How to Fuel Action: Mimic Me Prescription

How to Fuel Action: Mimic Me Prescription

Mirror neurons are ultimately our great simulation mechanism. This biological mechanism is automatic, involuntary, and in constant use. These aspects of mirror neurons make them God’s gift to marketers. To stress its profound importance to marketing, take a second to let the following message settle: Humans are essentially programmed to mimic others DOWN. TO. A. MICROSCOPIC. LEVEL.



It would be foolish not to take advantage of this as a marketer. How? By employing one of the four ways to hack the social brain. We call this the “Mimic Me” strategy. The simple yet significant strategy is based on the digestible premise: To make your customers mimic the ideal behaviour you want them to exhibit, you must—take this literally, if you must—show it.

The Mimic Me strategy works best if marketers are diligent about identifying key behaviours worth exhibiting. Marketers must find visual actions representing the intended consumer behaviour in relation to the product. The chosen behaviours should be congruent with the brand, the product and the ideal customer. Outside of buying the product, the next best wish for a marketer is the consumer replicating the action of using the product. For example, if marketing a light beer to twenty-one-year-olds, the set of behaviours would include the following:

  • A group of 21 year olds in a supermarket picking up a 30 pack (the quantity is important here).

  • The same group playing beer pong with cans of the light beer on the table.

  • The same group watching college football and enjoying the beer as a group right out of the can (the transportation vessel, can, is important here).

Let’s say you’re marketing an award-winning microbrew Double IPA to 30+ year males. In this case, the set of behaviours differ and would instead include the following:

  • A man pouring the IPA into a chalice glass sitting in a dimly lit cigar lounge surrounded by friends lighting their cigars.

  • Same person cheers-ing his date with the same chalice glass, the date holding a glass of red wine in the traditional burgundy glass.

  • Same person enjoying dinner at steakhouse with the server pouring the beer into a chalice glass.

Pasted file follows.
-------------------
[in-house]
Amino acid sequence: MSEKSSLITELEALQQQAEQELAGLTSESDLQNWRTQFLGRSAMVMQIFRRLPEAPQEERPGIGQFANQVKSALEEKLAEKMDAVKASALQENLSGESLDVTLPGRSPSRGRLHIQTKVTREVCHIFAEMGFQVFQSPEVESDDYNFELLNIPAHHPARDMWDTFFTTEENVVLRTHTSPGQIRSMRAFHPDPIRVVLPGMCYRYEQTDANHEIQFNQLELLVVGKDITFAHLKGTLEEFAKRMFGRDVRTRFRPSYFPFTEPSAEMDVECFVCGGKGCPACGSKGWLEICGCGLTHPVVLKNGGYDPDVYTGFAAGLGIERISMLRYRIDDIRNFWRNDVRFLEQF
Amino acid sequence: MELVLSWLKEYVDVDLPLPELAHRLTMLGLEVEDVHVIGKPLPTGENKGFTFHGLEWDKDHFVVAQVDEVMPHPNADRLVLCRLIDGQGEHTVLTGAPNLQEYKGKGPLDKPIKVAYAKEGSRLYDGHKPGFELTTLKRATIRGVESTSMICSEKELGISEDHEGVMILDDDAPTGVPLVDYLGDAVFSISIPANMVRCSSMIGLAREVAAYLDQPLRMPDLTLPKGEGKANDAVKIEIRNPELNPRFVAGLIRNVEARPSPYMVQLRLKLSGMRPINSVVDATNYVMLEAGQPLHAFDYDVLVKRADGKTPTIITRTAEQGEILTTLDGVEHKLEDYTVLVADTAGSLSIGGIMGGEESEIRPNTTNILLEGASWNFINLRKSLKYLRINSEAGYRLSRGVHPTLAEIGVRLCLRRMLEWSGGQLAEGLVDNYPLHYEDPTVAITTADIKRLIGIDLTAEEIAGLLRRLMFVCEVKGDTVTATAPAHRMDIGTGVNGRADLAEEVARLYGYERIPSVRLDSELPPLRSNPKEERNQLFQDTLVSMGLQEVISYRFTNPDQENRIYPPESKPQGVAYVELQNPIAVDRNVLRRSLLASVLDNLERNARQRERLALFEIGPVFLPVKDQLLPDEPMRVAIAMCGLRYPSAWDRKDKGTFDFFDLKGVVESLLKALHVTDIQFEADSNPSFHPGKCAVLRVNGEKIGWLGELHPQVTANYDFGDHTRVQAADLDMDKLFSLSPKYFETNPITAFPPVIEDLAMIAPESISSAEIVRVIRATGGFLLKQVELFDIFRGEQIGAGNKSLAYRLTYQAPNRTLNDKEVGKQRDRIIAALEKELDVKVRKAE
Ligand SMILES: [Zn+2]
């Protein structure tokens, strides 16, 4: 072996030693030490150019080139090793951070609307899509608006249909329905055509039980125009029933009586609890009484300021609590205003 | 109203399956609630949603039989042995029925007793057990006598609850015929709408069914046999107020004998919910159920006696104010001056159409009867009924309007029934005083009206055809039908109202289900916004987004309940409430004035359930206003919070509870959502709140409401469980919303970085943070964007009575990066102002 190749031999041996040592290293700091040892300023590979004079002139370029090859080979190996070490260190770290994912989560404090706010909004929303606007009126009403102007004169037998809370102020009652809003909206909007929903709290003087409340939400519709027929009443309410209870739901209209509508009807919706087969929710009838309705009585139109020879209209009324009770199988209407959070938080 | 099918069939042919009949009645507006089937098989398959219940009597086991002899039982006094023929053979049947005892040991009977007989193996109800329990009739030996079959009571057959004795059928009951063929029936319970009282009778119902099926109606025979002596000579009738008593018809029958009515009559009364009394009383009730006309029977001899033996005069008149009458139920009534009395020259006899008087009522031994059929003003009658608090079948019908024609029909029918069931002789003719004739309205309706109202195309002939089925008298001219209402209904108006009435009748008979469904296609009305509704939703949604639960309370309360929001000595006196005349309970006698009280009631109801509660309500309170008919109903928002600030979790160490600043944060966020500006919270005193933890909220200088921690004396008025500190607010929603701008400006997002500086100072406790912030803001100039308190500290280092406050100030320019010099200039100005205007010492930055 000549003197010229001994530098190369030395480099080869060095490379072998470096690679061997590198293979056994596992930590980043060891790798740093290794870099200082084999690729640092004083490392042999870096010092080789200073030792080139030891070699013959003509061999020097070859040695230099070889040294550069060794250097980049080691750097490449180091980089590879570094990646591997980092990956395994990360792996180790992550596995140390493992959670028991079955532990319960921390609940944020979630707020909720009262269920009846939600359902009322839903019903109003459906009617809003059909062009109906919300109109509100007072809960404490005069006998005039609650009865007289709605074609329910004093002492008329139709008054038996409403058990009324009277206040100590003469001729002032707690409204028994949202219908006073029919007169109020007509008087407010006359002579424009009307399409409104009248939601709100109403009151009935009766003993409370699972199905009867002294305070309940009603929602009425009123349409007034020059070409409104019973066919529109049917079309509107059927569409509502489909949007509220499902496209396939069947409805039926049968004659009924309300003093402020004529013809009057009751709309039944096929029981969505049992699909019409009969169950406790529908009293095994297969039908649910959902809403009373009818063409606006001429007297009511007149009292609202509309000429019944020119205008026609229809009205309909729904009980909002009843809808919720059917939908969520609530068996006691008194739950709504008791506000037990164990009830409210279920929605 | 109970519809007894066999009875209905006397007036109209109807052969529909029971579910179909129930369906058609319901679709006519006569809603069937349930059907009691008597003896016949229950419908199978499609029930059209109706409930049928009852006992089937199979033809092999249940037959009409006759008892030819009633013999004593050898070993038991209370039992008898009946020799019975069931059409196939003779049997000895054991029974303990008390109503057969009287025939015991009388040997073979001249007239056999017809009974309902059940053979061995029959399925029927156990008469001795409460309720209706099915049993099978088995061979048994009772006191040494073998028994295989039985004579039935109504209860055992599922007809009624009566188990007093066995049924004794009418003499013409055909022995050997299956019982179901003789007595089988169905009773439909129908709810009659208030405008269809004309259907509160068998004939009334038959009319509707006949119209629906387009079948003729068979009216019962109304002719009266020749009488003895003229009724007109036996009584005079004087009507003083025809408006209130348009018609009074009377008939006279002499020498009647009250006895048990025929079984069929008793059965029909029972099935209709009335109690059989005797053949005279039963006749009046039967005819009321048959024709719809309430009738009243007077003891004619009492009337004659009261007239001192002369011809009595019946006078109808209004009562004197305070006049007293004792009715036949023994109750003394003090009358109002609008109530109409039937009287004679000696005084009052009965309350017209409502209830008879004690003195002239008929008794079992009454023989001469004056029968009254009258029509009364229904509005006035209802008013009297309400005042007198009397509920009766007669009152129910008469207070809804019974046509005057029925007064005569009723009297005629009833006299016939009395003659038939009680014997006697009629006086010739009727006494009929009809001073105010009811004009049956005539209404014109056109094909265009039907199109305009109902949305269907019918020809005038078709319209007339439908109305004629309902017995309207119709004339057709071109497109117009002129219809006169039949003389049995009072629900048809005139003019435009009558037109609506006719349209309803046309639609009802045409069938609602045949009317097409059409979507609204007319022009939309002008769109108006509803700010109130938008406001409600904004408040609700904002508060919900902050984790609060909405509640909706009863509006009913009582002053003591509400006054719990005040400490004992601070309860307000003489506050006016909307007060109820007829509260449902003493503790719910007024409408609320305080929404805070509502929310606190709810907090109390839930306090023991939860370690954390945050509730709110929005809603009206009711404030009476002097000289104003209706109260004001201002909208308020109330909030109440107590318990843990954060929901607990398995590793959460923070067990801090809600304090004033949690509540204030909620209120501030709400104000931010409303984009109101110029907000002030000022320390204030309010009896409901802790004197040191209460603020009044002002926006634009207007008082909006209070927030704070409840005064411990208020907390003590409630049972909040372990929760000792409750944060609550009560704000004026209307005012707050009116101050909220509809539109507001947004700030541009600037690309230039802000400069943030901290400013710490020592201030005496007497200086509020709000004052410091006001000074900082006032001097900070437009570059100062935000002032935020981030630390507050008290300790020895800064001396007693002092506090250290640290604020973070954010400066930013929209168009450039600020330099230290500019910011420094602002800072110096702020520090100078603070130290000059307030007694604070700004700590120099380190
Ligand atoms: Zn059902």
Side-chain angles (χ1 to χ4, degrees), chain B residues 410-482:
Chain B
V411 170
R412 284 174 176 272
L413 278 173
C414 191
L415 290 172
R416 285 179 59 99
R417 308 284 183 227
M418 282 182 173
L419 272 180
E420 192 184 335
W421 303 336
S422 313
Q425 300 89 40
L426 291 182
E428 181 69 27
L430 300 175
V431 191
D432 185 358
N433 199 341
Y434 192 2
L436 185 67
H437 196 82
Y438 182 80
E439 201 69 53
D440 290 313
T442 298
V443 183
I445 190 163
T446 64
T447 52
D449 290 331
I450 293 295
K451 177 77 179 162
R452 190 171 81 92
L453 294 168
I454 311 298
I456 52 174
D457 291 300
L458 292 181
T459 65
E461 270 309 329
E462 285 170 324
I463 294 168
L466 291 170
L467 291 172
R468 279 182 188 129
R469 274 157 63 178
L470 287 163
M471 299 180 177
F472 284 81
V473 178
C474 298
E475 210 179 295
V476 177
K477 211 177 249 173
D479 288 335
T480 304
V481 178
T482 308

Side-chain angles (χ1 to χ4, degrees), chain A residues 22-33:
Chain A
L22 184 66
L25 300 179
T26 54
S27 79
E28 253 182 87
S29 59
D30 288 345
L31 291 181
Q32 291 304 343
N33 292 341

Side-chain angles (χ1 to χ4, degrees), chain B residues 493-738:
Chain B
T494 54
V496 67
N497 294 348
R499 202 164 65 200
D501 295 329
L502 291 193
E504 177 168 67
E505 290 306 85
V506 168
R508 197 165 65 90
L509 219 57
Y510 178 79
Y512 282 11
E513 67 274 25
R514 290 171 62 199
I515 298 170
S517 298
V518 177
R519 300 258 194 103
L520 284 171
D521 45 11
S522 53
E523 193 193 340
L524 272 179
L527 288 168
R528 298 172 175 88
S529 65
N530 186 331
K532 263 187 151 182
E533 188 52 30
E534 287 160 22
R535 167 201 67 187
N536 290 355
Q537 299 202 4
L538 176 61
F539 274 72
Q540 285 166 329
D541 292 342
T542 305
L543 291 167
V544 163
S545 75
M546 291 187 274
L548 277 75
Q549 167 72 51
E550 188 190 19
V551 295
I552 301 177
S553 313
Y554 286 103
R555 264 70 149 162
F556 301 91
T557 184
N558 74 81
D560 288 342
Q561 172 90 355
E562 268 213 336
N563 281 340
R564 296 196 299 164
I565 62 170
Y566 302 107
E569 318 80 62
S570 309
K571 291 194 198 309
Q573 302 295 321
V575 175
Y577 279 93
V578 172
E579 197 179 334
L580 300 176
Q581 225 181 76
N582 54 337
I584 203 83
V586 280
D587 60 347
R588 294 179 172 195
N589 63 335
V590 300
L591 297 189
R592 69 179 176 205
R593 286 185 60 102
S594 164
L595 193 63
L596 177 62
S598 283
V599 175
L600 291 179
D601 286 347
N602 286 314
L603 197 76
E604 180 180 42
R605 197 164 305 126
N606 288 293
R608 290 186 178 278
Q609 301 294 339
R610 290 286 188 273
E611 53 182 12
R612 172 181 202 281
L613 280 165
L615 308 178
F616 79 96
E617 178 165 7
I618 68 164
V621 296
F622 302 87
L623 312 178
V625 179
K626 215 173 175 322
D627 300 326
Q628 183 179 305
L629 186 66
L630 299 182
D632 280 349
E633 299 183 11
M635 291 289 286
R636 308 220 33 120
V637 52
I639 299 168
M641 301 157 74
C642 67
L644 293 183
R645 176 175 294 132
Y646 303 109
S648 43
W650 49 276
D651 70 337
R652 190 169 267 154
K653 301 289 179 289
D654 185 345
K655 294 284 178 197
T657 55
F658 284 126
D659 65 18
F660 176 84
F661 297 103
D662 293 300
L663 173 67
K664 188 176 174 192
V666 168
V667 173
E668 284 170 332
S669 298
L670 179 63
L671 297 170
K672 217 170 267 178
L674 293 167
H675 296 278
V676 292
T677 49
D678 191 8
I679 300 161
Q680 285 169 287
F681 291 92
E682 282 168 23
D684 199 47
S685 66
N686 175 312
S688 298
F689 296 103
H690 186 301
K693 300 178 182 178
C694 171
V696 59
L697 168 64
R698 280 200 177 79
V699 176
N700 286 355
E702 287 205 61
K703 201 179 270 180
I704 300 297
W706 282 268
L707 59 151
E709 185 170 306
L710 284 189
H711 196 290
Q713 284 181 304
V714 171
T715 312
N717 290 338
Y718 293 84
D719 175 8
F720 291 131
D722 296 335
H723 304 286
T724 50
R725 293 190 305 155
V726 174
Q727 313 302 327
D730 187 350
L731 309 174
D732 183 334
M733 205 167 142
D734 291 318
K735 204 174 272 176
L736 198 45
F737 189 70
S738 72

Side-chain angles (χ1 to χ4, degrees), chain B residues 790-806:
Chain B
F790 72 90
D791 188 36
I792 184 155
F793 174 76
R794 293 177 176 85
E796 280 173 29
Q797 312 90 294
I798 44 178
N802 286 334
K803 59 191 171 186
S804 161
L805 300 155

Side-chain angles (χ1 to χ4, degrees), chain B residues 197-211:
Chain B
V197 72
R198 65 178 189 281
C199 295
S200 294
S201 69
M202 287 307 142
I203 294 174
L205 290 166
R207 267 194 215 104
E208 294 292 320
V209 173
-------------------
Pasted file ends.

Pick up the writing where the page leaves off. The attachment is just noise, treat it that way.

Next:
After creating a set of behaviours, marketers can amplify them by exhibiting the behaviours in messaging (print, video, radio, or digital). With the power of the Mimic Me strategy, the twenty-one-year-old’s brain will imagine himself drinking the light beer at the next college football game along with his best buds. The thirty year old’s brain will imagine himself ordering the dark IPA next time he’s out for a steak dinner, basking in the feeling of drinking premium beer from a chalice glass.

One of the best brands that uses the Mimic Me strategy in full force is Nike, the clear giant in its space. Nike is king at positioning its brand - not only in the market, but in the perception of its consumers. According to Graeme Newell, an emotional marketing expert, Nike has become universal as its “advertisements help show that no matter the location, Nike has a brand for everyone.” Nike’s 30-second Zombies, Friends, Celebrities, and Holidays ads from the #AreWeRunningToday? campaign are especially so powerful. It transcends visual representation of intended behaviour of the Mimic Me strategy and takes advantage of the stickiness in wordplay by making viewers realise that it’s perfectly OK to put their phones down for a little while and go out for a run. Nike has successfully moved its brand into something truly ubiquitous, simultaneously shifting its product focus into an attitude, making people perceive themselves as the hero, and their lethargy as the villain.

For 20 years, Nike has been waving the “Just Do It” banner and has perpetually found engaging, effective, and evocative ways to say it repetitively without boring their global audience, turning it into anything that is nothing short of powerful to compel people to simply get active. After all, to Nike, if you have a body, you are an athlete.

By displaying behaviours in a manner that is easily observable by others and even potential customers, marketers increase their success rate. Selling toothpaste? Show a person brushing her teeth. Selling soda? Show a person opening a can. Selling basketball shoes? You get the idea. Monkey see, monkey do.

Feed Your Brain

15Center founders Matt Johnson, PhD and Prince Ghuman are co-authors of Allure: The Neuroscience of Consumerism. To get early access, sign up here.

Together, they teach individuals and businesses how to ethically apply neuroscience to marketing via neuromarketing bootcamps to uncover consumer blind spots and help brands better engage with their customers. Get your ticket here.